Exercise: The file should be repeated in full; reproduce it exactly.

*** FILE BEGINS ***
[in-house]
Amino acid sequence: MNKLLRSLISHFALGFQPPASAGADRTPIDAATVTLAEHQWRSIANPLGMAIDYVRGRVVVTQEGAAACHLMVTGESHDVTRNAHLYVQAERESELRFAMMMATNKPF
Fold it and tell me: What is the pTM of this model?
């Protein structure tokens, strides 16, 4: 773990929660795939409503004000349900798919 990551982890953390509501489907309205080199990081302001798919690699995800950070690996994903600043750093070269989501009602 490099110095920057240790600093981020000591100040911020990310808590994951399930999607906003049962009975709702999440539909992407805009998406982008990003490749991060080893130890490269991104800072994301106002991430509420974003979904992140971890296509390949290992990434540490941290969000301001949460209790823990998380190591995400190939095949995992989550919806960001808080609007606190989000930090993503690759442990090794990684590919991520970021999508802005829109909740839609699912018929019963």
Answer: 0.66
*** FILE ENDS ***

[in-house]
Amino acid sequence: MNKLLRSLISHFALGFQPPASAGADRTPIDAATVTLAEHQWRSIANPLGMAIDYVRGRVVVTQEGAAACHLMVTGESHDVTRNAHLYVQAERESELRFAMMMATNKPF
Fold it and tell me: What is the pTM of this model?
């Protein structure tokens, strides 16, 4: 773990929660795939409503004000349900798919 990551982890953390509501489907309205080199990081302001798919690699995800950070690996994903600043750093070269989501009602 490099110095920057240790600093981020000591100040911020990310808590994951399930999607906003049962009975709702999440539909992407805009998406982008990003490749991060080893130890490269991104800072994301106002991430509420974003979904992140971890296509390949290992990434540490941290969000301001949460209790823990998380190591995400190939095949995992989550919806960001808080609007606190989000930090993503690759442990090794990684590919991520970021999508802005829109909740839609699912018929019963």
Answer: 0.66